In The Ethics of Authenticity Charles Taylor makes a radical claim that we only become capable of understanding ourselves and defining our identity through dialogue. He says humans are fundamentally dialogic al creatures (29) and cannot develop into individuals without interaction with others. Through dialogue we are able to exchange our ideas with others and construct our values and beliefs from bits and pieces we hear. This is how we become authentic humans. Authenticity is being true to yourself. It almost seems paradox al; to discover your individuality you must converse with others.
Charles Taylor also believes that some lives are better than others, based on how authentically a life is lived. In modern society, where soft relativism prevails, this view is often seen as unacceptable. Current thought seems to be that lives are all equal; in fact the choices we face have neither a right nor a wrong answer. Charles Taylor believes this causes people to become self absorbed, and can bring about a loss of meaning in their lives. Socrates is also a believer in the value of dialogue. In fact all of his teachings are in the form of a conversation.
Through dialogue Socrates can challenge the idea of those he talks to. The challenging of ideas is the most important part of dialogue because it forces you to defend your ideas, and therefore realize what exactly it is that you believe. If you approach a philosophical conversation with an open mind, conflict can either strengthen your belief, or cause you to modify your former beliefs to something that works better for you. Oedipus is given ample opportunity to engage in dialogue.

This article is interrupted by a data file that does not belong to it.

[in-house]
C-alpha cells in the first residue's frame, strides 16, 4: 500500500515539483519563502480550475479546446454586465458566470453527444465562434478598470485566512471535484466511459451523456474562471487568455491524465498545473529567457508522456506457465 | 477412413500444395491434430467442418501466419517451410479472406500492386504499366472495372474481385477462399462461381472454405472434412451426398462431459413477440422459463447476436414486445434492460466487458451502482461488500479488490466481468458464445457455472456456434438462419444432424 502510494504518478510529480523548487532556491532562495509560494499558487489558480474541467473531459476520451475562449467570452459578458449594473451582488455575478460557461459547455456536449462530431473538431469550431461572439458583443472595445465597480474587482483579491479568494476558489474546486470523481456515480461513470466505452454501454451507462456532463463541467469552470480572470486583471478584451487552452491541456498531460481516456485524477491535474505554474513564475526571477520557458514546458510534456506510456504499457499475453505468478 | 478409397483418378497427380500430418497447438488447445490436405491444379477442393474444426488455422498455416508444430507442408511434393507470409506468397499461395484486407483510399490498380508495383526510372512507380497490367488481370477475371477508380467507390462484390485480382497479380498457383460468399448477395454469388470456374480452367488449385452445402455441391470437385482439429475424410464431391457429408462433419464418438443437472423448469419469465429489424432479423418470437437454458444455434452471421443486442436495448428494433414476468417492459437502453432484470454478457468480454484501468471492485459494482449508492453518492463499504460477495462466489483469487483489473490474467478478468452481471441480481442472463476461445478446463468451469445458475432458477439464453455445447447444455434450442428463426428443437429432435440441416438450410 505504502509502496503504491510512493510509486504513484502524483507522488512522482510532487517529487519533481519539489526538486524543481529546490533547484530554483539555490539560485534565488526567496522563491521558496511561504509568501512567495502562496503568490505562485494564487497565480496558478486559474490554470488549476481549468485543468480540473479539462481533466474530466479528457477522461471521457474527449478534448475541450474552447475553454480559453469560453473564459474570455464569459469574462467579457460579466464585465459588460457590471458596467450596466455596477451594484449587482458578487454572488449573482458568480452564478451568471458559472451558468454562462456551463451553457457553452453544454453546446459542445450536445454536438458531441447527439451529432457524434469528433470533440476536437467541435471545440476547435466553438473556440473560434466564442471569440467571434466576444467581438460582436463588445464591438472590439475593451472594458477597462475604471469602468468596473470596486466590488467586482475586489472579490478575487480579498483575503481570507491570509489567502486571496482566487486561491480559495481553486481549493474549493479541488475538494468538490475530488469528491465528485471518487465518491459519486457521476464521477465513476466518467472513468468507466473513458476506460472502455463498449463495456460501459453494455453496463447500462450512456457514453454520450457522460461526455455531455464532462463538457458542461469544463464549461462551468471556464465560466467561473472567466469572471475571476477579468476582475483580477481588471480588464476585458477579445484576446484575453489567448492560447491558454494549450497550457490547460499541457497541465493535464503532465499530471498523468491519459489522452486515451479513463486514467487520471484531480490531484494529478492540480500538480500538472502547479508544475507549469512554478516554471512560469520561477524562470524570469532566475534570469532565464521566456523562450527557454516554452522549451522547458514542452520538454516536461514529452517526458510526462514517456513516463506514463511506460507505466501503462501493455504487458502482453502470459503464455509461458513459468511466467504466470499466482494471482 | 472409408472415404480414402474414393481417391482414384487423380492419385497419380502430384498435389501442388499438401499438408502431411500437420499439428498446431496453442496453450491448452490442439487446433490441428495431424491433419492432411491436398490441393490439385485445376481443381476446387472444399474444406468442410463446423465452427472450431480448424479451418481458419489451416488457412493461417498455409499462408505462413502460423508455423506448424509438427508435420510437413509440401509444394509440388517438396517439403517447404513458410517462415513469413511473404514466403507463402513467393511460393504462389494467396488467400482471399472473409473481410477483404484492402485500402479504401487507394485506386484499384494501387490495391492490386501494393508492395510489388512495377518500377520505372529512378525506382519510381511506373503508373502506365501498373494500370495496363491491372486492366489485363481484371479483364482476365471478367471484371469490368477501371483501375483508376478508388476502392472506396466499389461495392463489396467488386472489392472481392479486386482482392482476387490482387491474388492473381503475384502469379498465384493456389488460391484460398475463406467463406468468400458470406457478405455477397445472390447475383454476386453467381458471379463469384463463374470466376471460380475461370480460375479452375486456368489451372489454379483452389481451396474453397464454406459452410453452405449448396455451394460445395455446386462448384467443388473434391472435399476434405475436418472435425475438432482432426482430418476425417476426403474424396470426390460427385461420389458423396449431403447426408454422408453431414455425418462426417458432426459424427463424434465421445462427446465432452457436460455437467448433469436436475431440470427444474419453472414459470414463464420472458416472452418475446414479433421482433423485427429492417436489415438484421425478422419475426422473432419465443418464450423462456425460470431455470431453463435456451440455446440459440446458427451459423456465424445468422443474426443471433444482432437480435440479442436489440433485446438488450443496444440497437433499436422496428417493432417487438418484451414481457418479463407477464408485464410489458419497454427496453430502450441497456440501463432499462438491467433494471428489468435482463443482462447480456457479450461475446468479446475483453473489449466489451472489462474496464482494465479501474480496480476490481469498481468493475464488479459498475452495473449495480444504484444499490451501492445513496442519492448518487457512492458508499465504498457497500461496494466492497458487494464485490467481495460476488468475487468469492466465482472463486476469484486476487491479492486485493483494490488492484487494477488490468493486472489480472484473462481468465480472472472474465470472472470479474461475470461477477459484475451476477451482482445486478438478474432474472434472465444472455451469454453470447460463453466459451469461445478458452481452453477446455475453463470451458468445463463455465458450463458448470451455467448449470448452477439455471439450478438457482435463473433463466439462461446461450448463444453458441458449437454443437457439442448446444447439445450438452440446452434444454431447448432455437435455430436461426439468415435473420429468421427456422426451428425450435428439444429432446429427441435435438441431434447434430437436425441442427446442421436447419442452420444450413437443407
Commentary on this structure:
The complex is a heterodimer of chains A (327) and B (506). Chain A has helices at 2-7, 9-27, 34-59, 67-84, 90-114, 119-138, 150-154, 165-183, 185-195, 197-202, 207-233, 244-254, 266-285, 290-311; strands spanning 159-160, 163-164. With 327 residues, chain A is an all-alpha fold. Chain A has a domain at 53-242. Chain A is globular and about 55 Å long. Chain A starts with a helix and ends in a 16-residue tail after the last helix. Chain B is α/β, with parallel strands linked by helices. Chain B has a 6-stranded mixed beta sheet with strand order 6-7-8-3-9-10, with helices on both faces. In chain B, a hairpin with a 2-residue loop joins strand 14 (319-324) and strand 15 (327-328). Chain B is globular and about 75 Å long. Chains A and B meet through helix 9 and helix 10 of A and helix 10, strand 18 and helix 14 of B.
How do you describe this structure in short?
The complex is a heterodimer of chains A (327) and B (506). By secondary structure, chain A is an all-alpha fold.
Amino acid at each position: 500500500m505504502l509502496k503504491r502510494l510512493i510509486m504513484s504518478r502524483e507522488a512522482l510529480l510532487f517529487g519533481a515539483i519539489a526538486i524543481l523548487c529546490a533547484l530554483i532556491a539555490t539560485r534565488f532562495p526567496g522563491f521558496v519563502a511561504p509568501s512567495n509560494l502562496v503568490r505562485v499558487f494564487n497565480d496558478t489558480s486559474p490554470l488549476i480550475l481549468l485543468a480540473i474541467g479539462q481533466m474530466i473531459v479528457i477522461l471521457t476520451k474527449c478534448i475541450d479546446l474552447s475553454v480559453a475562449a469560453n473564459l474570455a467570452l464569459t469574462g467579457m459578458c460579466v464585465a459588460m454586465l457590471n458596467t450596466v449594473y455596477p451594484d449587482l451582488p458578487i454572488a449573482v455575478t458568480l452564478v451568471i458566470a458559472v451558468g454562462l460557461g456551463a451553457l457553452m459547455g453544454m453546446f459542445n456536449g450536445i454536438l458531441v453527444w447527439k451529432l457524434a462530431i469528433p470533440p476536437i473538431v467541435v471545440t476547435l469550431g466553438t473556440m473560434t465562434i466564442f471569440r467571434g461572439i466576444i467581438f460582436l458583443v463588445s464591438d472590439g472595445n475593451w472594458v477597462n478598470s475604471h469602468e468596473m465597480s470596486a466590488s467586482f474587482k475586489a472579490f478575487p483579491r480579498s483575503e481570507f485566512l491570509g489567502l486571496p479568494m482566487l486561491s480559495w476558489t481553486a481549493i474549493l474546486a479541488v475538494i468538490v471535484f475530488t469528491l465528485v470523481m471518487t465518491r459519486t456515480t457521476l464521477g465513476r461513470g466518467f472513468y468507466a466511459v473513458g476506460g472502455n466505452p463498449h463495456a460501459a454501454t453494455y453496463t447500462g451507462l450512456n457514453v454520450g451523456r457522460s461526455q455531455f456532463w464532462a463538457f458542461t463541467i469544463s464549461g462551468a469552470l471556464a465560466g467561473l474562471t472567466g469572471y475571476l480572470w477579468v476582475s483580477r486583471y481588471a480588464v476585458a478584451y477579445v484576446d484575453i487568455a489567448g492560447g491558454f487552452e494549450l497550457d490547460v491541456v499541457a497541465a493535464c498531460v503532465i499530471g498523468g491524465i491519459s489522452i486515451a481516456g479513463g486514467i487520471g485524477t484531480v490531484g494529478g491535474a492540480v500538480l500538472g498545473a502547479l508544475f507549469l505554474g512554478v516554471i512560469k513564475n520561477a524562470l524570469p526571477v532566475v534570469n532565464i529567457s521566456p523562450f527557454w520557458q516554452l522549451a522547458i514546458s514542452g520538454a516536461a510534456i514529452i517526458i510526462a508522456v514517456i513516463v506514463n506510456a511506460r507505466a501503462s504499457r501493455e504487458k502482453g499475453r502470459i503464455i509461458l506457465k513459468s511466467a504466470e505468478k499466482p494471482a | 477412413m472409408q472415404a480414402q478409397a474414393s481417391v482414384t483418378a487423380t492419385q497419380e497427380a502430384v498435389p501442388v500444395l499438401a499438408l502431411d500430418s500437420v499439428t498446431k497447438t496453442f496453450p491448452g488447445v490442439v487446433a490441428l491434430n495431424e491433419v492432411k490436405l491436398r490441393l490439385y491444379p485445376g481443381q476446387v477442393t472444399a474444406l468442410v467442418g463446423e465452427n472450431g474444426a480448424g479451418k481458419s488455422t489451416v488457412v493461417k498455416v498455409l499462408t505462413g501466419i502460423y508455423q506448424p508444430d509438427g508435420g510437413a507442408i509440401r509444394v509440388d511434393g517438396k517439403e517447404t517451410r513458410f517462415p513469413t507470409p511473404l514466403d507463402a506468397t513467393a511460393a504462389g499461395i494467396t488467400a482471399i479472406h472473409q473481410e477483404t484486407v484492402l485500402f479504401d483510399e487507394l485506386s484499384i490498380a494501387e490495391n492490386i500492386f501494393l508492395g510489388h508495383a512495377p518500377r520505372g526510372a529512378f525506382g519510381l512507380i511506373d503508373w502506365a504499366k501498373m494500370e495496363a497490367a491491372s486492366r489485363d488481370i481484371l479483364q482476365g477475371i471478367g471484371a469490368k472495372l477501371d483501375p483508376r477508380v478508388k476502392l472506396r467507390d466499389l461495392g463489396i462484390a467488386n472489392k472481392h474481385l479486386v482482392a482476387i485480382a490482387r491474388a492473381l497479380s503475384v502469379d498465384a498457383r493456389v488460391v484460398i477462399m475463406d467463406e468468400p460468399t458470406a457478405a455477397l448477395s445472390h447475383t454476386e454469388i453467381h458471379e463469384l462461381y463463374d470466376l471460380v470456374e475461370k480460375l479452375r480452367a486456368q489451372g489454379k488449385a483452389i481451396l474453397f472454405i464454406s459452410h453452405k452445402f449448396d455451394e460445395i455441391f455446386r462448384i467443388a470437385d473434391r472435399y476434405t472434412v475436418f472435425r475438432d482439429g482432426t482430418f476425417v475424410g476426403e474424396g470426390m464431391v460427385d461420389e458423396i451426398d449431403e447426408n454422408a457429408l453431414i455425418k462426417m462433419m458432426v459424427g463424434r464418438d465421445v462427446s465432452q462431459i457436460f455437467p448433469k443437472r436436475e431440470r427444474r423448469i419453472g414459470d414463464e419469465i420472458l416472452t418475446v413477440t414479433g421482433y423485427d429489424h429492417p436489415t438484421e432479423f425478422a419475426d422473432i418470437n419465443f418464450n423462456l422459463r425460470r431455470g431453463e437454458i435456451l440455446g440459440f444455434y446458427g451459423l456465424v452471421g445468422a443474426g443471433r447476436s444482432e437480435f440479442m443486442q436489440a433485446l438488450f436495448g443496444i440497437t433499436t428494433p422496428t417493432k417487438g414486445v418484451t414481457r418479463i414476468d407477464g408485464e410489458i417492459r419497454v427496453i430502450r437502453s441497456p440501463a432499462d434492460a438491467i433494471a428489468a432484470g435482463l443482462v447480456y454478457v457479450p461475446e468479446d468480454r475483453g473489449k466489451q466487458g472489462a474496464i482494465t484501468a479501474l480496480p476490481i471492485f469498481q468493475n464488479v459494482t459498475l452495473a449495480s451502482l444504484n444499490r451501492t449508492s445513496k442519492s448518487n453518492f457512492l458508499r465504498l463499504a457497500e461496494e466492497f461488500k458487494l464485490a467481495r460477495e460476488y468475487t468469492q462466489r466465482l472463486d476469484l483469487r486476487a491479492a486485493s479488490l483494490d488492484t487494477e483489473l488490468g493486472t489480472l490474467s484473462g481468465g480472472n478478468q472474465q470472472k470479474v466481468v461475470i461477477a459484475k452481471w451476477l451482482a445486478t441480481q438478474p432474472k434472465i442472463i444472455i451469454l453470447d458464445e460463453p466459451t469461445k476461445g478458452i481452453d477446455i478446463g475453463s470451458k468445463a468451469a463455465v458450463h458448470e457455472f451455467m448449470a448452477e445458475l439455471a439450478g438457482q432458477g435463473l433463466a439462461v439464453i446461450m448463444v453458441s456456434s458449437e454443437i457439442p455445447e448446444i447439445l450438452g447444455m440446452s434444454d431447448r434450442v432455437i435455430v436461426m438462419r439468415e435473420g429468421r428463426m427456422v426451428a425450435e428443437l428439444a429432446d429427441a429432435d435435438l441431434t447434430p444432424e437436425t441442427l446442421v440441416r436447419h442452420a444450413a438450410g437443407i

... of authenticity is one of self-fulfillment and Charles Taylor recognizes that there are dangers in accepting ... to horizons of significance... and a self-definition in dialogue." He does recognize that there is tension here ... he can further his understanding of this belief and read into the arguments of why ... itself an idea of freedom; it involves my finding the design of my life myself, against the ...
However, when Oedipus talks to others, he only listens to what he wants to hear. When Teiresias tries to tell him the truth, he becomes angry and says, “And who has taught you the truth Not your profession surely.” (25).
Instead of trying to understand what Teiresias is saying, he immediately discards it because it does not fit into his plan to pull Thebes out of the plague. He is unwilling to engage in true dialogue, because he is afraid that it might cause him to question his own beliefs. Oedipus is not living his life authentically; he is not being true to himself. In his arrogance he believes himself greater than he really is, and this prevents him from truly seeking his own individuality.
Oedipus becomes so caught up in himself that he cannot see his own shortcomings. This prevents him from truly knowing himself. When he goes to the oracle at Delphi to ask who his parents are, he does not follow the advice inscribed above the gate, “Know Yourself.” His lack of self-knowledge leads to a lack of interest in dialogue. If he had known himself going into the oracle, he would have realized that running from his fate would solve nothing. Had he been more secure with his individuality and allowed himself to engage in conversation he might have avoided his ultimate demise. Dialogue is essential if we want to be truly capable of defining ourselves as individuals.
Finding out own authenticity leads to what Taylor would define as a better life. Oedipus misses out on the good life because he cannot engage in the dialogue necessary, and ends up being destroyed. Bibliography Charles Taylor “the Ethics of Authenticity”.